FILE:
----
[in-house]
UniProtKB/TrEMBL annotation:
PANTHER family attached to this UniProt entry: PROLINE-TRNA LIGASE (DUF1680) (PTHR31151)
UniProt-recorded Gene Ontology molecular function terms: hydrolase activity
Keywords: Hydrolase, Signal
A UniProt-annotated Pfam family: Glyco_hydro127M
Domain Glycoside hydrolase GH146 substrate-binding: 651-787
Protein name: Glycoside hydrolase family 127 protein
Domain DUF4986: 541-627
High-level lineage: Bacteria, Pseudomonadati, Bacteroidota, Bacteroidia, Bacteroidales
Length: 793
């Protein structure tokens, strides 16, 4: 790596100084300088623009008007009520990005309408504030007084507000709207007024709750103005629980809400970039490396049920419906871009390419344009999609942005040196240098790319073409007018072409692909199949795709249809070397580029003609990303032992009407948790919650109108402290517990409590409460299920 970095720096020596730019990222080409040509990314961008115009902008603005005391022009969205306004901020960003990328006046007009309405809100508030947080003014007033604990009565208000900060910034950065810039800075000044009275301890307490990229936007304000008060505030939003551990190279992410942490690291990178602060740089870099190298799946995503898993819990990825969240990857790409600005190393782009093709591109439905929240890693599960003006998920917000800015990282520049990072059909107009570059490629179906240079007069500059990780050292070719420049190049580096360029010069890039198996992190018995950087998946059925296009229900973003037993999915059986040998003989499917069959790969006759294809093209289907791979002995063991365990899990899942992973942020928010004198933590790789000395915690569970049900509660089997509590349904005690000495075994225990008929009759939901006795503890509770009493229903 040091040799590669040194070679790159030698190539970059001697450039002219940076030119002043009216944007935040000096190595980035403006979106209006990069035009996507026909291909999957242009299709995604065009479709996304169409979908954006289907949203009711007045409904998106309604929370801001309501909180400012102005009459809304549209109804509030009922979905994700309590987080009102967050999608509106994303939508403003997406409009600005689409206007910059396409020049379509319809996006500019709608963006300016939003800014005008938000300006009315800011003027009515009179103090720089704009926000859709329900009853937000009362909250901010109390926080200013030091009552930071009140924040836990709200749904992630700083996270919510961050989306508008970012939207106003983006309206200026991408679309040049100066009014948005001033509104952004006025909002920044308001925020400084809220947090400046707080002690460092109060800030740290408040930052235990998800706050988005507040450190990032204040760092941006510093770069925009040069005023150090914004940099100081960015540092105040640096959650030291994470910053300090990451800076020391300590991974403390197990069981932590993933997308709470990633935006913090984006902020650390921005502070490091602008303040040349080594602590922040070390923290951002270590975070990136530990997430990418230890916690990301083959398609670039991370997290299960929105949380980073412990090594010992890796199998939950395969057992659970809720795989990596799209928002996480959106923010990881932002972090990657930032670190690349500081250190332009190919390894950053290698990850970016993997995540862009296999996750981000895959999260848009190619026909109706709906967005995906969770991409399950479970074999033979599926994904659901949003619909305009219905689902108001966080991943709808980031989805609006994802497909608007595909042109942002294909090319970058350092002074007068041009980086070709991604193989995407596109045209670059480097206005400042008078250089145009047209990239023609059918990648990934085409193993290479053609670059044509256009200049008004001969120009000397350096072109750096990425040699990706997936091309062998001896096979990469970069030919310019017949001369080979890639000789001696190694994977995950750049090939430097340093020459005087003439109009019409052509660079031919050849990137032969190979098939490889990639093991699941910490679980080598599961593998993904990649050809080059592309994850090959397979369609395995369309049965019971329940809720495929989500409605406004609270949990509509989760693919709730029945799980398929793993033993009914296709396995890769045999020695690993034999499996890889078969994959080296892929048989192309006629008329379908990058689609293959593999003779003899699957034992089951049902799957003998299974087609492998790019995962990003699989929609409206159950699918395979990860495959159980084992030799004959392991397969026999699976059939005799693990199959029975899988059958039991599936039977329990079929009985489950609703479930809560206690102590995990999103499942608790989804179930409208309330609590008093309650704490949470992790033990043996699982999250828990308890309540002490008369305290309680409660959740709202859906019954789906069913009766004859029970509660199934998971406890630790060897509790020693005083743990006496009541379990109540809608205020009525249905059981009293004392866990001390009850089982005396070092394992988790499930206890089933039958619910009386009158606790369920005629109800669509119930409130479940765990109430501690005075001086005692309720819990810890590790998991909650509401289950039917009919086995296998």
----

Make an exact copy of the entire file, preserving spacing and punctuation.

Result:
[in-house]
UniProtKB/TrEMBL annotation:
PANTHER family attached to this UniProt entry: PROLINE-TRNA LIGASE (DUF1680) (PTHR31151)
UniProt-recorded Gene Ontology molecular function terms: hydrolase activity
Keywords: Hydrolase, Signal
A UniProt-annotated Pfam family: Glyco_hydro127M
Domain Glycoside hydrolase GH146 substrate-binding: 651-787
Protein name: Glycoside hydrolase family 127 protein
Domain DUF4986: 541-627
High-level lineage: Bacteria, Pseudomonadati, Bacteroidota, Bacteroidia, Bacteroidales
Length: 793
């Protein structure tokens, strides 16, 4: 790596100084300088623009008007009520990005309408504030007084507000709207007024709750103005629980809400970039490396049920419906871009390419344009999609942005040196240098790319073409007018072409692909199949795709249809070397580029003609990303032992009407948790919650109108402290517990409590409460299920 970095720096020596730019990222080409040509990314961008115009902008603005005391022009969205306004901020960003990328006046007009309405809100508030947080003014007033604990009565208000900060910034950065810039800075000044009275301890307490990229936007304000008060505030939003551990190279992410942490690291990178602060740089870099190298799946995503898993819990990825969240990857790409600005190393782009093709591109439905929240890693599960003006998920917000800015990282520049990072059909107009570059490629179906240079007069500059990780050292070719420049190049580096360029010069890039198996992190018995950087998946059925296009229900973003037993999915059986040998003989499917069959790969006759294809093209289907791979002995063991365990899990899942992973942020928010004198933590790789000395915690569970049900509660089997509590349904005690000495075994225990008929009759939901006795503890509770009493229903 040091040799590669040194070679790159030698190539970059001697450039002219940076030119002043009216944007935040000096190595980035403006979106209006990069035009996507026909291909999957242009299709995604065009479709996304169409979908954006289907949203009711007045409904998106309604929370801001309501909180400012102005009459809304549209109804509030009922979905994700309590987080009102967050999608509106994303939508403003997406409009600005689409206007910059396409020049379509319809996006500019709608963006300016939003800014005008938000300006009315800011003027009515009179103090720089704009926000859709329900009853937000009362909250901010109390926080200013030091009552930071009140924040836990709200749904992630700083996270919510961050989306508008970012939207106003983006309206200026991408679309040049100066009014948005001033509104952004006025909002920044308001925020400084809220947090400046707080002690460092109060800030740290408040930052235990998800706050988005507040450190990032204040760092941006510093770069925009040069005023150090914004940099100081960015540092105040640096959650030291994470910053300090990451800076020391300590991974403390197990069981932590993933997308709470990633935006913090984006902020650390921005502070490091602008303040040349080594602590922040070390923290951002270590975070990136530990997430990418230890916690990301083959398609670039991370997290299960929105949380980073412990090594010992890796199998939950395969057992659970809720795989990596799209928002996480959106923010990881932002972090990657930032670190690349500081250190332009190919390894950053290698990850970016993997995540862009296999996750981000895959999260848009190619026909109706709906967005995906969770991409399950479970074999033979599926994904659901949003619909305009219905689902108001966080991943709808980031989805609006994802497909608007595909042109942002294909090319970058350092002074007068041009980086070709991604193989995407596109045209670059480097206005400042008078250089145009047209990239023609059918990648990934085409193993290479053609670059044509256009200049008004001969120009000397350096072109750096990425040699990706997936091309062998001896096979990469970069030919310019017949001369080979890639000789001696190694994977995950750049090939430097340093020459005087003439109009019409052509660079031919050849990137032969190979098939490889990639093991699941910490679980080598599961593998993904990649050809080059592309994850090959397979369609395995369309049965019971329940809720495929989500409605406004609270949990509509989760693919709730029945799980398929793993033993009914296709396995890769045999020695690993034999499996890889078969994959080296892929048989192309006629008329379908990058689609293959593999003779003899699957034992089951049902799957003998299974087609492998790019995962990003699989929609409206159950699918395979990860495959159980084992030799004959392991397969026999699976059939005799693990199959029975899988059958039991599936039977329990079929009985489950609703479930809560206690102590995990999103499942608790989804179930409208309330609590008093309650704490949470992790033990043996699982999250828990308890309540002490008369305290309680409660959740709202859906019954789906069913009766004859029970509660199934998971406890630790060897509790020693005083743990006496009541379990109540809608205020009525249905059981009293004392866990001390009850089982005396070092394992988790499930206890089933039958619910009386009158606790369920005629109800669509119930409130479940765990109430501690005075001086005692309720819990810890590790998991909650509401289950039917009919086995296998």